INTRODUCTION The Birdland Area Redevelopment Plan is an Area Specific Plan focused on recommended land uses most appropriate for the area; recommendations on design and building forms that will complement the surrounding neighborhood; how these uses and design forms best transition to the surrounding uses; analysis of existing infrastructure conditions; and recommendations for infrastructure upgrades necessary to support future development. The Birdland Area isApril located north of downtown within the boundaries of the Union Park Neighborhood. - June 2014 Phase Area sustained flooding during the floods of 1993 and 2008. Flooding was caused by the levee The Birdland Collection I Des MoinesData along the River being breached. Army Corp of Engineers rebuilt the levee to bring the flood & Analysis protection for this area up to current standards. That work was completed in November 2011. The Federal Emergency Management Agency (FEMA) has been working to certify the levee under the National Flood Insurance Program. This levee certification should be completed by late 2014 or early 2015. July 2014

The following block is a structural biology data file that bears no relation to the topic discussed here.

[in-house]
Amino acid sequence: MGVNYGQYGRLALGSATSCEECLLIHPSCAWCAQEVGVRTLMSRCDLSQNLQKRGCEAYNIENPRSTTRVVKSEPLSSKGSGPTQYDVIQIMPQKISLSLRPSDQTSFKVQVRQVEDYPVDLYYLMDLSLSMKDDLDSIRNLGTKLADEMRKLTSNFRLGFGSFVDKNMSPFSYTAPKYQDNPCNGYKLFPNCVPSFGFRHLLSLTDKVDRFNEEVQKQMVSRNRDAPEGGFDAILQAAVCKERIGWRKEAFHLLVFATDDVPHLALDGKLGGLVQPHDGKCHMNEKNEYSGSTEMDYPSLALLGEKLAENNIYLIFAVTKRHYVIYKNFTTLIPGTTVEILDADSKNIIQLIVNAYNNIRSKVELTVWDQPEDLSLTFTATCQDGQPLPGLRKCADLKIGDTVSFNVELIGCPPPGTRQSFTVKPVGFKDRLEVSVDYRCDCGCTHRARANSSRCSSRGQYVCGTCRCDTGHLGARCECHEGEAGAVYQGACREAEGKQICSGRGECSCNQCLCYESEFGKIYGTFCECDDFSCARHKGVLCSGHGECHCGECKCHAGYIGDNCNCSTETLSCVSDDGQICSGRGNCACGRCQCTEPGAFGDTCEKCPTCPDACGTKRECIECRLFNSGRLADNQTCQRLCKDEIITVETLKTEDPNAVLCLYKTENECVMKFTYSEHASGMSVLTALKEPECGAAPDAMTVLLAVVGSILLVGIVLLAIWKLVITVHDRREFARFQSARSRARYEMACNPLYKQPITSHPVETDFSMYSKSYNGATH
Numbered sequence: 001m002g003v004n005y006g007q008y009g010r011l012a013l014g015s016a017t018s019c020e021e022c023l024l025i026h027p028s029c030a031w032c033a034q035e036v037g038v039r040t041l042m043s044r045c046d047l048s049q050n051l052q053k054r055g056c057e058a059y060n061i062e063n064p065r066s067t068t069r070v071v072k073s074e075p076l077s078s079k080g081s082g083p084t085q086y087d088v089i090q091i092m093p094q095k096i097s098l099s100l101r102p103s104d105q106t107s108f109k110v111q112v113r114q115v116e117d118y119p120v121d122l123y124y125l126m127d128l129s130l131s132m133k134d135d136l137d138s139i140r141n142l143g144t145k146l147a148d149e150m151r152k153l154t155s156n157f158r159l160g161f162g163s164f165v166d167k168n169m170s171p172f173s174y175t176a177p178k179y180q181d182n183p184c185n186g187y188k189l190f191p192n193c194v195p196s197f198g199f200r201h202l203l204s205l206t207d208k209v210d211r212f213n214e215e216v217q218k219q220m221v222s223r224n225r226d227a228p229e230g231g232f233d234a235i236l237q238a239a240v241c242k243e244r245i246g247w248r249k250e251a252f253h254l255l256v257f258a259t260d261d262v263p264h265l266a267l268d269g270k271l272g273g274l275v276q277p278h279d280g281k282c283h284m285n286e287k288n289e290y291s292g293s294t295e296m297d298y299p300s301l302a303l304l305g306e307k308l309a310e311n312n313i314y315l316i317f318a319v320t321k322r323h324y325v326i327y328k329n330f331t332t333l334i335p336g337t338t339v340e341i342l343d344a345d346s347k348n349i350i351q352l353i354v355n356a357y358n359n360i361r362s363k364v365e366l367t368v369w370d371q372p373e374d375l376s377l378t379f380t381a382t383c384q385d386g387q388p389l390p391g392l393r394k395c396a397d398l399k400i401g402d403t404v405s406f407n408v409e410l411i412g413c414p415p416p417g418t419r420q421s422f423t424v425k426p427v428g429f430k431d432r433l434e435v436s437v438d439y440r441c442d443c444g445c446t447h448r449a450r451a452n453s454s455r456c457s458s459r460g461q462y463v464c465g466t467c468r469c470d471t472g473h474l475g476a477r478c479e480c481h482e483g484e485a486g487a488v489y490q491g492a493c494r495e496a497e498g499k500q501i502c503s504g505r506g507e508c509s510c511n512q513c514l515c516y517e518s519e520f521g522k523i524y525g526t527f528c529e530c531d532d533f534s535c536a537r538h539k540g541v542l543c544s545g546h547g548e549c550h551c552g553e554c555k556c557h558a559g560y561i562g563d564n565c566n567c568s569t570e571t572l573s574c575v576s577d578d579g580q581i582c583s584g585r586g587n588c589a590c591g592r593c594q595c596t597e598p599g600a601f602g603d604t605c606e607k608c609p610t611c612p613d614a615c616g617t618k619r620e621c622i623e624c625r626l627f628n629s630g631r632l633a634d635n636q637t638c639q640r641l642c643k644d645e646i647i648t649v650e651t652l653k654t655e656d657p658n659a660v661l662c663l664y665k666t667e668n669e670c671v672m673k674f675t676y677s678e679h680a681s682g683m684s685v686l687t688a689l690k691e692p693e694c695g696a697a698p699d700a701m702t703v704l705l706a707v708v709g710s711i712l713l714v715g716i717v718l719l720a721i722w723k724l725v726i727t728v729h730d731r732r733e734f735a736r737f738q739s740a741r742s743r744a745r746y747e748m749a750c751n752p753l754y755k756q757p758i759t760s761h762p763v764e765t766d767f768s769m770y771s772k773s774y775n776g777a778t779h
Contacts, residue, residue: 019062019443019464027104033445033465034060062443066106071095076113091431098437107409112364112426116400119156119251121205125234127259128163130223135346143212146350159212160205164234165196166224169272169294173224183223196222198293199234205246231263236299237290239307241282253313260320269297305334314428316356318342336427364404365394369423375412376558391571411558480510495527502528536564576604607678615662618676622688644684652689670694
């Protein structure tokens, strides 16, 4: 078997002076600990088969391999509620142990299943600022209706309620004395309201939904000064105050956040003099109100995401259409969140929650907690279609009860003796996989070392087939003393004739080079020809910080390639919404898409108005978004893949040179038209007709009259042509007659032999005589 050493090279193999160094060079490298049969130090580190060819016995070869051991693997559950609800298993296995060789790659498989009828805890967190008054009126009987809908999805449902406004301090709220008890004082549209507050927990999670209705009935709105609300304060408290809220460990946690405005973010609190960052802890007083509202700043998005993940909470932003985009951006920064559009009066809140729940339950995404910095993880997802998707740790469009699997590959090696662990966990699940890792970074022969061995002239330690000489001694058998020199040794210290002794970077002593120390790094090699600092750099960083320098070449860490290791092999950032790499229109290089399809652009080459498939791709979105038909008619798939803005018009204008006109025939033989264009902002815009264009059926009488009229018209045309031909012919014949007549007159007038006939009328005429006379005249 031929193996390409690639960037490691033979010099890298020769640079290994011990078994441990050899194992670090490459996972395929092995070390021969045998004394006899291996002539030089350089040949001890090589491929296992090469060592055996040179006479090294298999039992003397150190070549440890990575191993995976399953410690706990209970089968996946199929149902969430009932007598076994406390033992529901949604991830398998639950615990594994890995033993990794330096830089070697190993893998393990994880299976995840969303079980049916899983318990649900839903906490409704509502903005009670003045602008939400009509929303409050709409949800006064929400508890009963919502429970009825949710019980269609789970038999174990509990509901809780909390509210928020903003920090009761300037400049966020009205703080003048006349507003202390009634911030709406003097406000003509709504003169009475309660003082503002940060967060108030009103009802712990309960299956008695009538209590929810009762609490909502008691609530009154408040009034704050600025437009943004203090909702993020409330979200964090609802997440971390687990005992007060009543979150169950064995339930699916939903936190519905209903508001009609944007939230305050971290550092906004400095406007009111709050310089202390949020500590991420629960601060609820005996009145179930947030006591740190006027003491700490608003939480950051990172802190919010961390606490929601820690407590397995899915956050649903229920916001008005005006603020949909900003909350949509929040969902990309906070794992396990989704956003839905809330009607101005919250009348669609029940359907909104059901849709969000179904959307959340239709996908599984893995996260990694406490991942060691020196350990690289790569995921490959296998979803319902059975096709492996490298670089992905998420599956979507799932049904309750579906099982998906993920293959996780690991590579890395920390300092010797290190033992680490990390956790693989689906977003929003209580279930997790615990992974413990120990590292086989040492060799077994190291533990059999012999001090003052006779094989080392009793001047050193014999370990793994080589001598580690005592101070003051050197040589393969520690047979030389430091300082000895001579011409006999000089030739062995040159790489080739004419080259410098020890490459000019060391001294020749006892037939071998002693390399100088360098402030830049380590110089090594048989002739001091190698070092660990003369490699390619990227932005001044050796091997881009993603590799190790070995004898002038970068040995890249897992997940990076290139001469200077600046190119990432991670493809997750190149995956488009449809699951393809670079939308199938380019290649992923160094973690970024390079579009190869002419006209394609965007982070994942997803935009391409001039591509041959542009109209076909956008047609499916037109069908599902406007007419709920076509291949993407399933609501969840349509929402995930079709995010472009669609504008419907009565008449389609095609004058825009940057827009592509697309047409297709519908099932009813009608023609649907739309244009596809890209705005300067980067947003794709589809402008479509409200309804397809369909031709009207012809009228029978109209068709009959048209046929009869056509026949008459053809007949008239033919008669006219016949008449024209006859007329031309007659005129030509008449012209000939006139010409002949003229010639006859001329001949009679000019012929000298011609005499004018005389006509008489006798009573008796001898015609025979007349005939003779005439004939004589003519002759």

Phase A number of voluntaryPublic buyouts occurred following the floods of 1993 and 2008. These properties were then Input II demolished, leaving a number of vacant lots scattered throughout the study area. The property conditions in Birdland vary greatly with a number of well kept homes intermixed with properties that are in varying states of disrepair. Establishing a plan and vision for this area will go a long way in helping the property owners, City, and other partners determine how best to reinvest in Birdland. August - September 2014